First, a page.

What seems “reasonable” to a fool like Common Sense (the clown who supports anything and everything cop related) is certainly an affront to liberties and truth to sensible, thinking people.

    You see, as long as sycophantic ass-kissers like Common Sense continue to knob on the cop’s dick, we will still have to deal with ignorant assholes like him. And as long as the cops enjoy having the Common Senses out there schlobbing them down, protecting them with their sayanim purpose, nothing will be achieved. The “unreasonable” is acceptable.

  • http://yahoo Alvin

    When asked/ordered to vacate my vehicle, I would have rolled the window up and locked the doors. The open window and unlocked doors give them the opportunity to “plant” evidence. If your vehicle is buttoned up, they either must tow it away while they get a warrant, or break in by damaging your vehicle. Either way, they end up on the short end of the legal stick.

  • t.

    Ariel: What are talking about. I never said “my advice” would “save you from arrest”. I said, and absolutely say now, that you are far better off in any street on counter to talk to the police and to be honest. Its a lot harder to “prove your innocence” after you’ve already been arrested. Remember, the standard for arrest is only PC. Its not the BRD that you think it should be out in the street. Its a lot harder to get charges dismissed than it is to not hold them in the first place. In fairness though, I actually watched a guy tell a drug investigator to screw off and he refused to talk with him after he was arrested. I actually agreed with his decision as the case against him is really, really weak. He did it, but he won’t be convicted.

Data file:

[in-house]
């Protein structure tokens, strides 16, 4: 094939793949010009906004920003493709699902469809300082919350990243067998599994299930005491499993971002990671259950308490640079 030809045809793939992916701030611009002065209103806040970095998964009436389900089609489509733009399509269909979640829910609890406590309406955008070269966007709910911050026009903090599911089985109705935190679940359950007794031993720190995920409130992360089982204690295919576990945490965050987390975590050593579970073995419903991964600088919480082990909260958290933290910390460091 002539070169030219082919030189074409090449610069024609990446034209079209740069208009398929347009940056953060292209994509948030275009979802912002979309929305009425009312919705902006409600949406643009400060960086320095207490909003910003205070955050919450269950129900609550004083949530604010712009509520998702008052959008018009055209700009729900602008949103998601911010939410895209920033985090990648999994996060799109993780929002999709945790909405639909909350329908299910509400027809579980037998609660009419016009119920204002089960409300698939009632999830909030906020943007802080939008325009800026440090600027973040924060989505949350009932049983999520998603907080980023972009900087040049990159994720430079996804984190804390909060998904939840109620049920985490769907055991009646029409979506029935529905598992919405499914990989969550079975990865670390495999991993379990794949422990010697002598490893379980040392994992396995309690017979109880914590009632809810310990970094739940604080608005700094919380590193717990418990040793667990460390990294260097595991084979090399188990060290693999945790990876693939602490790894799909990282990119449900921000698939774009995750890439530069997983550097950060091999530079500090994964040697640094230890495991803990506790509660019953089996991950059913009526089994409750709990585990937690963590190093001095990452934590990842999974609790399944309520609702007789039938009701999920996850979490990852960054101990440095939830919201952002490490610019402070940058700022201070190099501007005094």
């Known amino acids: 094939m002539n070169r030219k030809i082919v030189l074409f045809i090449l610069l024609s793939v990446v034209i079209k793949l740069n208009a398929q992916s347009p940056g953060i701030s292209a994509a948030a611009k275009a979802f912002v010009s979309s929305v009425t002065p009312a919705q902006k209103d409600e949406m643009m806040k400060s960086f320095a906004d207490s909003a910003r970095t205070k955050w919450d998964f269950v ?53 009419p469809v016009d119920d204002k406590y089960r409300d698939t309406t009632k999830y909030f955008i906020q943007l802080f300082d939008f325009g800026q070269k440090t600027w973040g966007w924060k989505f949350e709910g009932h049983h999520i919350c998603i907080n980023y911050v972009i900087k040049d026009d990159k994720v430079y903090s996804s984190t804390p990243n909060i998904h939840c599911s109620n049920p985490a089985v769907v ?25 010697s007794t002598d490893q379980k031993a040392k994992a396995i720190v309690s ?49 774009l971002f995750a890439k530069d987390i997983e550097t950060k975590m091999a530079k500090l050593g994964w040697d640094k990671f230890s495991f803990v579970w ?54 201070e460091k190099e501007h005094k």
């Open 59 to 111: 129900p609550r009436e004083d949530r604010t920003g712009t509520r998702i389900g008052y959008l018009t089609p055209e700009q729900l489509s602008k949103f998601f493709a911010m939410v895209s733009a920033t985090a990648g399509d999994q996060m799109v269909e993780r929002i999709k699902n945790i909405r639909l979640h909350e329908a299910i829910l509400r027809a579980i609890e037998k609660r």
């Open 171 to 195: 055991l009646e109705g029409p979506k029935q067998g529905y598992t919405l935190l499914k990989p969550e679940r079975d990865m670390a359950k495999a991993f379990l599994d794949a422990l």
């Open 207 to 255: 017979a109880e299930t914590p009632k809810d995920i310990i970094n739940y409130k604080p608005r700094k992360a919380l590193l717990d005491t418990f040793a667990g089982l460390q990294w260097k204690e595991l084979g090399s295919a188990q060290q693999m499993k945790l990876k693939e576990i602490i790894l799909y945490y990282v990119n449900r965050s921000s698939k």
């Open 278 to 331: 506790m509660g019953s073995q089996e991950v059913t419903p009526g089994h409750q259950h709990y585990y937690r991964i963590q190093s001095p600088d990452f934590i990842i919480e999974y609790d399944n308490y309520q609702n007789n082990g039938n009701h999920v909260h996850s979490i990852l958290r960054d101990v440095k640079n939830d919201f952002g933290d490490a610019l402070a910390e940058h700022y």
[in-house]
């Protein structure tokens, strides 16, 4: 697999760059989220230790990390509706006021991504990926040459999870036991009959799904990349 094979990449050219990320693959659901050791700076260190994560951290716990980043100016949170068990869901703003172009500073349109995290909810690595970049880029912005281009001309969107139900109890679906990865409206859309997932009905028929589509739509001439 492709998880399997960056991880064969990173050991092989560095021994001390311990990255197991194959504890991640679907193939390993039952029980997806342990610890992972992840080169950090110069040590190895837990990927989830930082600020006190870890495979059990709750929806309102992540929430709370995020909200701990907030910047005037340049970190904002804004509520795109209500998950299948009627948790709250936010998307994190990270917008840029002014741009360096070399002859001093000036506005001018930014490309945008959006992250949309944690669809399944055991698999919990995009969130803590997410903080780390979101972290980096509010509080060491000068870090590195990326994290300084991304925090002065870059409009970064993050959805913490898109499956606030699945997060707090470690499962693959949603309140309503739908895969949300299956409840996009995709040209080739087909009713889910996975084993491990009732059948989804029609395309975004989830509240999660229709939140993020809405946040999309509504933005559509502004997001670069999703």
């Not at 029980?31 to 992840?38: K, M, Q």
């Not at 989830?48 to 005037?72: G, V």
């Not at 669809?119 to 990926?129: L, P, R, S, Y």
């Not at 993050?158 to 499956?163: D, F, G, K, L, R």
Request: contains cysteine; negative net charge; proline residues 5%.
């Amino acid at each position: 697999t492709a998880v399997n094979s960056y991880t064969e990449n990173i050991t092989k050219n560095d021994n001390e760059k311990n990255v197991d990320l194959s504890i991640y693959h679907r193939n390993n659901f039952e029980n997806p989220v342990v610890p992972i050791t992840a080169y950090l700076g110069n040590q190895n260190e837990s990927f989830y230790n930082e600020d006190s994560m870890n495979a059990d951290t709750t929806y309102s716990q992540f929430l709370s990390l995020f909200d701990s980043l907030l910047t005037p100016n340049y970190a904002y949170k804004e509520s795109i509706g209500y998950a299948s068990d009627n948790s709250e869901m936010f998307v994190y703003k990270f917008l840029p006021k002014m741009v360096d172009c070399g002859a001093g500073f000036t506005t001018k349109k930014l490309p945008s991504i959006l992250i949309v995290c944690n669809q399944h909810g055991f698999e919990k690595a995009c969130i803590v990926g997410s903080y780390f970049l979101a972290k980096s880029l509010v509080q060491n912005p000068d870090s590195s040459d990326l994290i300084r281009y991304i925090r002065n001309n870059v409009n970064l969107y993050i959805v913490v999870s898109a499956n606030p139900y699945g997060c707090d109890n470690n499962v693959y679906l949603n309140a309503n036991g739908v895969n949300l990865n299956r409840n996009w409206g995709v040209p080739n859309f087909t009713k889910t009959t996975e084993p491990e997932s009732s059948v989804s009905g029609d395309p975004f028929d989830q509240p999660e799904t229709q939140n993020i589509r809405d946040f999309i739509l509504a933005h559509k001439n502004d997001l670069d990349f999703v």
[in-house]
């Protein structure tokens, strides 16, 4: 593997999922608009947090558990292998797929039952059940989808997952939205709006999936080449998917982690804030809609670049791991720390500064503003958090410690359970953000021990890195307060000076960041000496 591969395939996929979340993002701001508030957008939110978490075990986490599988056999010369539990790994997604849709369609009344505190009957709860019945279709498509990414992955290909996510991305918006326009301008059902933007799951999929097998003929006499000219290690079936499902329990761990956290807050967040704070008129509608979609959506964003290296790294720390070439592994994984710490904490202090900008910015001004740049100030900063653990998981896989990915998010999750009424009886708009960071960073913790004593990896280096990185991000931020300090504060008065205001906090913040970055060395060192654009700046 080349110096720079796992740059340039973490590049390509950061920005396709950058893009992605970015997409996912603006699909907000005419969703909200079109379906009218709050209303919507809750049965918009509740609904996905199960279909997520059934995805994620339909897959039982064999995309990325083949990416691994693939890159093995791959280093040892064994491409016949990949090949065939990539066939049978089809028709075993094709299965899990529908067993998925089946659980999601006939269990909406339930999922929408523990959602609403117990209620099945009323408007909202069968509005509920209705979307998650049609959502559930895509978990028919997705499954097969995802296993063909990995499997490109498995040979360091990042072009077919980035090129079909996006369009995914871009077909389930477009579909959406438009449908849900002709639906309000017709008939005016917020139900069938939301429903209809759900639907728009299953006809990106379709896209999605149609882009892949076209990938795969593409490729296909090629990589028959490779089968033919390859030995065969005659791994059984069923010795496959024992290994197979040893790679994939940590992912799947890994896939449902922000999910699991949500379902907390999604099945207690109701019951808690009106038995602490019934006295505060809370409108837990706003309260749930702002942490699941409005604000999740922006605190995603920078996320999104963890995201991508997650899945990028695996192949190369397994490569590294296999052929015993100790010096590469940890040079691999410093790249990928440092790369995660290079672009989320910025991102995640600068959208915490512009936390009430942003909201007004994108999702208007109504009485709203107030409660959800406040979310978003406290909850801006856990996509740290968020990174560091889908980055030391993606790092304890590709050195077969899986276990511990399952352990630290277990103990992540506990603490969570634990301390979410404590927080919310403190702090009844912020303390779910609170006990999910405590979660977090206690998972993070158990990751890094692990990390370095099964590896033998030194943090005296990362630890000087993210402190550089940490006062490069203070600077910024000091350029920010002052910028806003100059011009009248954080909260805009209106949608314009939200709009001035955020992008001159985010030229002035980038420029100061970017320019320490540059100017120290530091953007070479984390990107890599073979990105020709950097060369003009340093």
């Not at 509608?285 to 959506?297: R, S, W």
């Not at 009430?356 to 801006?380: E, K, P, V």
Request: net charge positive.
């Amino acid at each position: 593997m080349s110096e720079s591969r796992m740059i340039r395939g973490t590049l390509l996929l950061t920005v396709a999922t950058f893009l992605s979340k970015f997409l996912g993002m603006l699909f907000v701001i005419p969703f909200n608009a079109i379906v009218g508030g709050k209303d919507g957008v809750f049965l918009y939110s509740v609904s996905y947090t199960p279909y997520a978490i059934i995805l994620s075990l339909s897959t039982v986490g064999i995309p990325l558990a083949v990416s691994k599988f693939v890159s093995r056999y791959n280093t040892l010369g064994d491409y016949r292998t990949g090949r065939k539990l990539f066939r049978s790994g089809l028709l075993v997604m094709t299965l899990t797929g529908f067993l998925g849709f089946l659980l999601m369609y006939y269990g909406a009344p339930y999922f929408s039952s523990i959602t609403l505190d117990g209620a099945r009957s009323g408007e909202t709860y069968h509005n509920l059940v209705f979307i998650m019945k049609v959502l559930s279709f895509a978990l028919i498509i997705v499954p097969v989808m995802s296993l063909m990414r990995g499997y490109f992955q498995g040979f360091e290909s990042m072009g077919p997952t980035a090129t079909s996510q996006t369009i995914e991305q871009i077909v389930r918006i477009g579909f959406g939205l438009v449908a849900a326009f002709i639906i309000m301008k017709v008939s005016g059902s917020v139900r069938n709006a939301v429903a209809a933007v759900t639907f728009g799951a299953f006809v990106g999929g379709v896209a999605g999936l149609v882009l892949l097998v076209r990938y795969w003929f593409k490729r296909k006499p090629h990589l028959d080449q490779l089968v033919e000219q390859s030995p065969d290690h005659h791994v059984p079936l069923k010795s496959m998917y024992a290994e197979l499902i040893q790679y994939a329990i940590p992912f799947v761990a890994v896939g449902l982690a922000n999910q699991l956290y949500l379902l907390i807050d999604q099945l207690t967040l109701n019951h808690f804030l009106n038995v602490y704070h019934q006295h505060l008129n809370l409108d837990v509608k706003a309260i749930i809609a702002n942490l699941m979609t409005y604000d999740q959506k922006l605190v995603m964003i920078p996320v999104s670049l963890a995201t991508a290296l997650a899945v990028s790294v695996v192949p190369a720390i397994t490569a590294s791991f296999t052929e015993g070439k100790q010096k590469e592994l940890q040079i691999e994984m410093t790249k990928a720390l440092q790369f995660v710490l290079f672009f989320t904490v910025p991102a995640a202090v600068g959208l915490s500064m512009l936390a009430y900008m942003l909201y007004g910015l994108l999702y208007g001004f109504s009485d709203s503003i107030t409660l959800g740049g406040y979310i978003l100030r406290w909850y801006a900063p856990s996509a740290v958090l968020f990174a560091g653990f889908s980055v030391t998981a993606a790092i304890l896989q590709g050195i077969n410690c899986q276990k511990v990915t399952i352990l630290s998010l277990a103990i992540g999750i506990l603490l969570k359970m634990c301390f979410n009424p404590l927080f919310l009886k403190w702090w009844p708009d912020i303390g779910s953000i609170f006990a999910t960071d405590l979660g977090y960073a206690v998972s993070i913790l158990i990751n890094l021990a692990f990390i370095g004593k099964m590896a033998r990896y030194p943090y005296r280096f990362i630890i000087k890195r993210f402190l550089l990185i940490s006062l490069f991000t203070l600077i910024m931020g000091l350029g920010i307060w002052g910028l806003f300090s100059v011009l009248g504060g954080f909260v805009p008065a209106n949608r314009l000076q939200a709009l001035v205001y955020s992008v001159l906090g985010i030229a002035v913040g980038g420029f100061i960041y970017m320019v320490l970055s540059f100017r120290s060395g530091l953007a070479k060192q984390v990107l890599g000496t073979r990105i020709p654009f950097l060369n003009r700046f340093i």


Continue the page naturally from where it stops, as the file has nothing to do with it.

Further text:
But in the OVERWHELMING number of cases…when you hire that attorney, and pay him that big check, he will almost always take to to the PD to speak with the police. Not always, but quite often.

    But the guy in this video has taken really bad internet advice and it backfired. The checkpoint was legal. The officer telling him to pull over and then get out of the car…legal. Things going down hill after that just kinda is what it is.

    Your analysis of me is truly funny. My statements right here, within this comment…absolutely spot on. Now you certainly don’t have to agree or follow it. Its just practical advice. None of your silly it pseudo legal tricks that you read about somewhere on some CDL site. (Still funny). Its real world, everyday.

    Imdomlive in a very “disfunctional world”. Very true. But its not one of the police’s making. We exist because it is so disfunctional. I have to deal with those like you that THINK you have a clue. After, wasn’t it just you that said nobody has a freedom of speech except when addressing the government? Does that also apply then to all of the amendments? That is crackpot stuff guy. Doctor, diagnosis thyself.

  • Common Sense


    I love how the best those here can muster is a 8th grade cocksucker jab.